The other quote that we felt really captured Dad is one that he often repeated, telling us it was Father John Scannell’s mantra. It’s from H. Jackson Brown Jr.: “Never resist a generous impulse.” And Dad never did. He would say that it was important to send a card to someone “just because it was Tuesday”, and he got a kick out of surprising people with a freshly-baked bread sculpture or a personalized hand-drawn cartoon. He spent many hours after his retirement perfecting his chocolate chip cookie recipe, and made batches of them for anyone he felt “could really use some cookies right now.” He made it a point to do the little things that made a person feel special. Each time we came to visit from Japan, he’d clear his schedule so that his car would be available for us to use. He’d fold our laundry and place it on our bed for us. He’d cook all our favorite foods and stock the freezer with Tillamook Mudslide ice cream.
Our children were fortunate to have an attentive Grandpa who took great delight in indulging them. He made sure to have their favorite meal when they came for dinner—and carefully teach them how to make it–, and their most exciting birthday presents were invariably from him. He treated them to special “Grandpa days,” taking his granddaughter Hana to paint pottery and his grandson Everett to buy scary books. They called him “the Master Spoiler.” Everett was recently imagining what kind of pranks a ghost version of Grandpa might play. He said “He’d spy on people to see what they wanted for Christmas and then leave it on their porch. With chocolate chip cookies.” I think he nailed it.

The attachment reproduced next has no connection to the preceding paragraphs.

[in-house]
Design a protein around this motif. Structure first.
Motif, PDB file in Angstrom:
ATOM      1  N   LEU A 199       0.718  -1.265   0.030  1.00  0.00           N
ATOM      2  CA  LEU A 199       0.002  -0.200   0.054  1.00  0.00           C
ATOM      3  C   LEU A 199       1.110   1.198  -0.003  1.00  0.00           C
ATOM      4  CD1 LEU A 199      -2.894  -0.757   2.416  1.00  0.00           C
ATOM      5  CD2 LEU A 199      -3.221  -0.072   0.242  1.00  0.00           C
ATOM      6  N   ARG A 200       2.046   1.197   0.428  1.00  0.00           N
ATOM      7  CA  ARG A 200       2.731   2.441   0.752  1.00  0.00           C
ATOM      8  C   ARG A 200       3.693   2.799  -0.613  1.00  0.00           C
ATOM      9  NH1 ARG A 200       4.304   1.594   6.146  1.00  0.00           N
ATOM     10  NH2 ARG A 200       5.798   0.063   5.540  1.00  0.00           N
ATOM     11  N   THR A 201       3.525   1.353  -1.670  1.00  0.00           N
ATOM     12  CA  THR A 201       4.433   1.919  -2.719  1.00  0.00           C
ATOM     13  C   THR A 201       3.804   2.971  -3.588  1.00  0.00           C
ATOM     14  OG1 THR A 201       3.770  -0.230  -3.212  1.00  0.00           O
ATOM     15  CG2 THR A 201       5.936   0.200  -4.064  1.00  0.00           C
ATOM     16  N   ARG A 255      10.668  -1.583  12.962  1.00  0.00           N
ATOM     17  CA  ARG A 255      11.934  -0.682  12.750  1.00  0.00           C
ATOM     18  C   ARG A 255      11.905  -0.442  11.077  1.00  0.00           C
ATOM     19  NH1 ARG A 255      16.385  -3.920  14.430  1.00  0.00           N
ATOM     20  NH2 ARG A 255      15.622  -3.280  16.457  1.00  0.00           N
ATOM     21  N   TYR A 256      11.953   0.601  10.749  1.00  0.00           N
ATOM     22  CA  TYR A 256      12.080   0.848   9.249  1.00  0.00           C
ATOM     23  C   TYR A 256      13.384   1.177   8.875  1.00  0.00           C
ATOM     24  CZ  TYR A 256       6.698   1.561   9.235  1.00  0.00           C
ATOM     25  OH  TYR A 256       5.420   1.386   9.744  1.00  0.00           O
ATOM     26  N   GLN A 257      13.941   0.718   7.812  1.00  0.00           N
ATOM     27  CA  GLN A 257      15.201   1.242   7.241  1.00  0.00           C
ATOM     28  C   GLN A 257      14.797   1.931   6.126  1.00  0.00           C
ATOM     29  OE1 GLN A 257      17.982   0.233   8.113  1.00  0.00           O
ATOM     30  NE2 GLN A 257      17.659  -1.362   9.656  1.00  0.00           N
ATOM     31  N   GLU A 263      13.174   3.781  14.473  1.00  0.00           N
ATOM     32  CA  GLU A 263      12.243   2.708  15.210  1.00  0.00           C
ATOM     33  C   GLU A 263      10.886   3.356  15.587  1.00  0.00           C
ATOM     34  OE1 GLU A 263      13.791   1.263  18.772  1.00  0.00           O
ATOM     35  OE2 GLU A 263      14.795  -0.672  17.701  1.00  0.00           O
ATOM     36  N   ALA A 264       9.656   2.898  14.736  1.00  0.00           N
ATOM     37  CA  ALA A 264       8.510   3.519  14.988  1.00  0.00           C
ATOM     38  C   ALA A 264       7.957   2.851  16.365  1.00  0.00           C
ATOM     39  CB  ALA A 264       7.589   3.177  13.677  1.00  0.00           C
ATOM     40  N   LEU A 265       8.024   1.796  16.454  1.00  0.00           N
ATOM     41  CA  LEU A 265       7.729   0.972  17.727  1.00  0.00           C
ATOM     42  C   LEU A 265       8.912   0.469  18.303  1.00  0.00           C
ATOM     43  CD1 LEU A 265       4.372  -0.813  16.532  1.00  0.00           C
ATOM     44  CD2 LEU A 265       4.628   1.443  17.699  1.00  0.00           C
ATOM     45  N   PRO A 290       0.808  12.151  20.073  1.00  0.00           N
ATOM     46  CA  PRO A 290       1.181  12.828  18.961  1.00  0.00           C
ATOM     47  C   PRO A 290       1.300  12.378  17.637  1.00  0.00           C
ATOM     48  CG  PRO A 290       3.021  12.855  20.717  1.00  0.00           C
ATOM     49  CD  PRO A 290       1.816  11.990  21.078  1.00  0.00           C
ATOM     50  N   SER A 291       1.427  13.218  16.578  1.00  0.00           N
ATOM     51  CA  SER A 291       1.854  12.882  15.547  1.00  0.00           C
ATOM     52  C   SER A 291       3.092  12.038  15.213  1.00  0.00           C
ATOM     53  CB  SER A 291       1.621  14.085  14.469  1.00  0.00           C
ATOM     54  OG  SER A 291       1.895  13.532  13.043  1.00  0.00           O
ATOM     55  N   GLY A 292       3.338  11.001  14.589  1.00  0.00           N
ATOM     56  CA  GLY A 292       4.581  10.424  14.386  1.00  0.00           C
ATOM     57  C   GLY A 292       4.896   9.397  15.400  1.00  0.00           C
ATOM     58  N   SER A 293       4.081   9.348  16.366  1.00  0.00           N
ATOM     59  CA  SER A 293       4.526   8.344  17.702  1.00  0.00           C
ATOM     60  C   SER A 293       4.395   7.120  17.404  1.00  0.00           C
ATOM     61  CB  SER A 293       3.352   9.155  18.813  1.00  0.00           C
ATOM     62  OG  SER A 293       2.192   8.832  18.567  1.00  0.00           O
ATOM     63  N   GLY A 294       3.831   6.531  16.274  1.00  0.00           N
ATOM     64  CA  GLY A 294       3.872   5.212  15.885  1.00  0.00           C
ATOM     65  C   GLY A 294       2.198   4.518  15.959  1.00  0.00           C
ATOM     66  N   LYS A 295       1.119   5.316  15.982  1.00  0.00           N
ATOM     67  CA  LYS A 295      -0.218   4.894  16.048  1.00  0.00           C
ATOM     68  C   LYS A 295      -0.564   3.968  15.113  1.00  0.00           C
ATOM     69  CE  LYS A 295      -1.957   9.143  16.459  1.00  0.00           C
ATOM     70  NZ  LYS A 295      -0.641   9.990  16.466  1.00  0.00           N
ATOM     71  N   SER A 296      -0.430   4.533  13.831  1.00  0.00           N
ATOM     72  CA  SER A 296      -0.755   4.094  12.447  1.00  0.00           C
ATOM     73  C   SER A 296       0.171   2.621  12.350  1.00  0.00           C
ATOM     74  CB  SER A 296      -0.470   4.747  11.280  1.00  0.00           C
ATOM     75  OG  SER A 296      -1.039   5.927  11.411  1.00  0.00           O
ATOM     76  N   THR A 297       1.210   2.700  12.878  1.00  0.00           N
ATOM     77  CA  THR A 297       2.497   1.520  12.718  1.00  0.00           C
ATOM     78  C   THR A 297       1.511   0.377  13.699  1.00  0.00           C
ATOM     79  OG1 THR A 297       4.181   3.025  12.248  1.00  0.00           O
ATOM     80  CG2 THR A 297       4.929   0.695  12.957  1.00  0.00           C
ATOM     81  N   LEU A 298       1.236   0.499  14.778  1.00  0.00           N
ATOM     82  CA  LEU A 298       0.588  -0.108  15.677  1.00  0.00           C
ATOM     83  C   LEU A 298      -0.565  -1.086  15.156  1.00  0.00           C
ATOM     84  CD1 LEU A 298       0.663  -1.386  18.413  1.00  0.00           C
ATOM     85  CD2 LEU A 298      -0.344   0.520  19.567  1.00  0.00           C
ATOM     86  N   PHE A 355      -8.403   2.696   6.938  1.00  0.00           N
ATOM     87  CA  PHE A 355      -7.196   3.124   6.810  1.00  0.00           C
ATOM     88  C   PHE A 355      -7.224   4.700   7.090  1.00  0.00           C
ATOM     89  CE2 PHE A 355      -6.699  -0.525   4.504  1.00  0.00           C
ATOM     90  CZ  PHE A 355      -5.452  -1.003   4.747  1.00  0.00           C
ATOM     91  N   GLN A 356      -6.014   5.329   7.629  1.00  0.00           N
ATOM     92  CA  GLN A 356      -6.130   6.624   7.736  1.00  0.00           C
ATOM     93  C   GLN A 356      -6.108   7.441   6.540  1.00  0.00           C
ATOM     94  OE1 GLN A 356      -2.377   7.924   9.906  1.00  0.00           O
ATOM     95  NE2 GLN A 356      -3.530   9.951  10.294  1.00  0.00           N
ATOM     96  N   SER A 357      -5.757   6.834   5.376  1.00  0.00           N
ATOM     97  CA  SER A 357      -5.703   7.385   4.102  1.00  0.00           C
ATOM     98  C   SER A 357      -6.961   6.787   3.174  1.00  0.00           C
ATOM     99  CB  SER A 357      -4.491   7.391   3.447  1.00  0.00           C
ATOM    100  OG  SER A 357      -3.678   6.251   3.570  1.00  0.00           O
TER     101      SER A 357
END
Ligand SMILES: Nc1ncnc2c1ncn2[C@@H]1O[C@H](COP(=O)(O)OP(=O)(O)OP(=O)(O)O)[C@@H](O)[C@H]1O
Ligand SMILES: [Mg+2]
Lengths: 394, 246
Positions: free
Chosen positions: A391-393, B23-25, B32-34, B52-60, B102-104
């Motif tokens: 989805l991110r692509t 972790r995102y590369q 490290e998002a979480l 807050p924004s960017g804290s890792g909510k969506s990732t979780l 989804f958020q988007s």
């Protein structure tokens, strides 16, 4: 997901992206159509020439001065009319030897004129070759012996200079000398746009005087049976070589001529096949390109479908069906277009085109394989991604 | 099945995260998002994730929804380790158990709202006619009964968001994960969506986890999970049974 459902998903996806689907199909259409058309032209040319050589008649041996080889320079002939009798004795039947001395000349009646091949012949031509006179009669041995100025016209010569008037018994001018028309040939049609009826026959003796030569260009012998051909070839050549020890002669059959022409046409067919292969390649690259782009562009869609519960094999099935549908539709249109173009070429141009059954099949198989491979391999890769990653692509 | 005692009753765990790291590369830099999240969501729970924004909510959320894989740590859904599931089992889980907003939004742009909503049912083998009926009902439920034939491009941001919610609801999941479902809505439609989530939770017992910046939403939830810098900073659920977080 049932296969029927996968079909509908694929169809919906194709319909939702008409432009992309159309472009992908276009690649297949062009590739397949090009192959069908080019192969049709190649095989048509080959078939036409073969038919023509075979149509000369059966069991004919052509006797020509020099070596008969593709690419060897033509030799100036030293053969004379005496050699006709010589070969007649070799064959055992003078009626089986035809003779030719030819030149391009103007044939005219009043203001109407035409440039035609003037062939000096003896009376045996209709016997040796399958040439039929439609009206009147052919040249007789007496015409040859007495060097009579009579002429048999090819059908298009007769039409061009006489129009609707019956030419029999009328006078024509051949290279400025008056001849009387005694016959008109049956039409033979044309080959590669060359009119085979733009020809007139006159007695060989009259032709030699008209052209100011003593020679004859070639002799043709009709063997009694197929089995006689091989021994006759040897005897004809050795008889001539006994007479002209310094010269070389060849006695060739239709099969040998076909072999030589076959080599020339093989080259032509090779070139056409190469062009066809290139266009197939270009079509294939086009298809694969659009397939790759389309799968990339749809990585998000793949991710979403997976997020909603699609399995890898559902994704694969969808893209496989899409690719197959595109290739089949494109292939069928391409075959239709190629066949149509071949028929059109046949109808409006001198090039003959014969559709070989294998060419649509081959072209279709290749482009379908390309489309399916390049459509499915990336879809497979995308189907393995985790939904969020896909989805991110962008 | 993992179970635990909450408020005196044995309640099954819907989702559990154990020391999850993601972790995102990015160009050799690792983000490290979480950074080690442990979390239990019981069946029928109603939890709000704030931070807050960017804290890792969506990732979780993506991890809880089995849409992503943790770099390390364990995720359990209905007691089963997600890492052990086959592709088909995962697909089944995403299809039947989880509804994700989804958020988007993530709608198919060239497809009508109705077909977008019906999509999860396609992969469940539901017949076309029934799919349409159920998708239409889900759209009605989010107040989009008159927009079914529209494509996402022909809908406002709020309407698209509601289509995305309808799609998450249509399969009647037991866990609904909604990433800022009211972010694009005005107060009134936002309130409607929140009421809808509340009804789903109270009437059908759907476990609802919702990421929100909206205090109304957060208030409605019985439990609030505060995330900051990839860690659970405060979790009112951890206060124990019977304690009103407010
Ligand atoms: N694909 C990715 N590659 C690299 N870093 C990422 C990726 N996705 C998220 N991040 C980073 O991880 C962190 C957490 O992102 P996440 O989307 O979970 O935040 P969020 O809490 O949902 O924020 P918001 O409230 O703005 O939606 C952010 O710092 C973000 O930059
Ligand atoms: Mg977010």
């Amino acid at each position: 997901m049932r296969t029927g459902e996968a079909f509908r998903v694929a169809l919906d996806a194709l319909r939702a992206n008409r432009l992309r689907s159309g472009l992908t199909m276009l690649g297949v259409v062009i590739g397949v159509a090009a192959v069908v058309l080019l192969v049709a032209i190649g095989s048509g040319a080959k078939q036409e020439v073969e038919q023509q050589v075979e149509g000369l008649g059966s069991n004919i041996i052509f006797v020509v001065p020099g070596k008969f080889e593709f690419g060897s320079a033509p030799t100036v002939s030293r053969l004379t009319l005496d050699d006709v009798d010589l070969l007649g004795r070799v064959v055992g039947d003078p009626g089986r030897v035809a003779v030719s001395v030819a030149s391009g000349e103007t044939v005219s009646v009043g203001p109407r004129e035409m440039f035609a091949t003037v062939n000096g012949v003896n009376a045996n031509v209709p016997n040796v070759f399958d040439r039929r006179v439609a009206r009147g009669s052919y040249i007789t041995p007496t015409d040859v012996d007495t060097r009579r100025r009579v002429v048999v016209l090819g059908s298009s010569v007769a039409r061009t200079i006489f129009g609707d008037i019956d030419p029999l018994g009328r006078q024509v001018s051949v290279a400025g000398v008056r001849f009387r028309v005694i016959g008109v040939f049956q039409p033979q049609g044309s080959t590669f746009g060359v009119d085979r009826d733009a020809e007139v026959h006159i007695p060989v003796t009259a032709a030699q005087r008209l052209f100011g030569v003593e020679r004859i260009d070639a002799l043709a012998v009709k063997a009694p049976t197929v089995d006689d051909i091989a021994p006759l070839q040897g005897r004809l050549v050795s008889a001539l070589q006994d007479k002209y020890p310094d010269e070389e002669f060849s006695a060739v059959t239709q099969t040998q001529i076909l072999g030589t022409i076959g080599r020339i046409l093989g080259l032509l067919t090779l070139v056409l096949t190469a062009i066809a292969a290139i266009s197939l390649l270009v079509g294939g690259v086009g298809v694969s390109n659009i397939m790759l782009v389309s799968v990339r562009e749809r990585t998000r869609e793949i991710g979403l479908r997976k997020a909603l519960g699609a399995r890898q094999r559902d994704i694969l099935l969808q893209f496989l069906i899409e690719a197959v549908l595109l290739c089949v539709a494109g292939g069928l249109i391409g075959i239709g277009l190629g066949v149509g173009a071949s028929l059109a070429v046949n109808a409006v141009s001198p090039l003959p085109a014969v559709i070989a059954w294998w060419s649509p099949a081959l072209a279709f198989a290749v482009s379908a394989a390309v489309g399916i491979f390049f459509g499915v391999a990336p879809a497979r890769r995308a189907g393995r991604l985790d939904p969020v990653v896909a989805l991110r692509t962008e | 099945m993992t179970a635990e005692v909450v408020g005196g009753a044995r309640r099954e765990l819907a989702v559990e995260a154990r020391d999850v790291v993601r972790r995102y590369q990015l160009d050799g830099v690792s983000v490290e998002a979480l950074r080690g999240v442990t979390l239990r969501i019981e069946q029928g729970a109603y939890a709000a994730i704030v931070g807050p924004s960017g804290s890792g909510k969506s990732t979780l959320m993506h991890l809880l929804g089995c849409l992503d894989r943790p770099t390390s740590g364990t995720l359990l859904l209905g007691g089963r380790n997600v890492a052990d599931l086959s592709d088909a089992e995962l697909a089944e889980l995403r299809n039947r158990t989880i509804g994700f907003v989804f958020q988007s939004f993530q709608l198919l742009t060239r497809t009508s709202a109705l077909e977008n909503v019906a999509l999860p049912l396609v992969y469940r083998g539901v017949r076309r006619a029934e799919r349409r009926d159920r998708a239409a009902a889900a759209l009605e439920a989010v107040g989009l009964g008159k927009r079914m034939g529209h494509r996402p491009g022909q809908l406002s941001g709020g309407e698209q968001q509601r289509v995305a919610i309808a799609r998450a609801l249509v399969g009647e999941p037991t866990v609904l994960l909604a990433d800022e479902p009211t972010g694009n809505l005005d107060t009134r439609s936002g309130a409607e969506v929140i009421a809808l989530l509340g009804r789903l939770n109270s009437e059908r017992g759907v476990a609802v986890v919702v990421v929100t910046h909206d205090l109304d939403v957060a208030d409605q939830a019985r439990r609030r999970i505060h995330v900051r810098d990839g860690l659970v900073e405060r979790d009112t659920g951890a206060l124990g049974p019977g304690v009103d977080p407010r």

When we were writing this eulogy, we realized that the hardest part about it was not being able to ask Dad to critique it. We’re both pretty confident in our writing and artistic skills, but after finishing an essay or a painting, before printing it out or adding the lacquer, we’d always check in with Dad. We knew we could count on him to commend us on something about our work that we hadn’t even realized was note-worthy. But we also knew that he would offer some suggestion or bit of advice that would make our work even better. And then we’d tweak a sentence, or adjust a shadow, and the piece would be just right. Every once in while, when one of us would run something by him, Dad would respond with “No, put your pen down. It’s done. You’ve got it.”
Well, Dad, we’re putting the pen down. Hope we got it.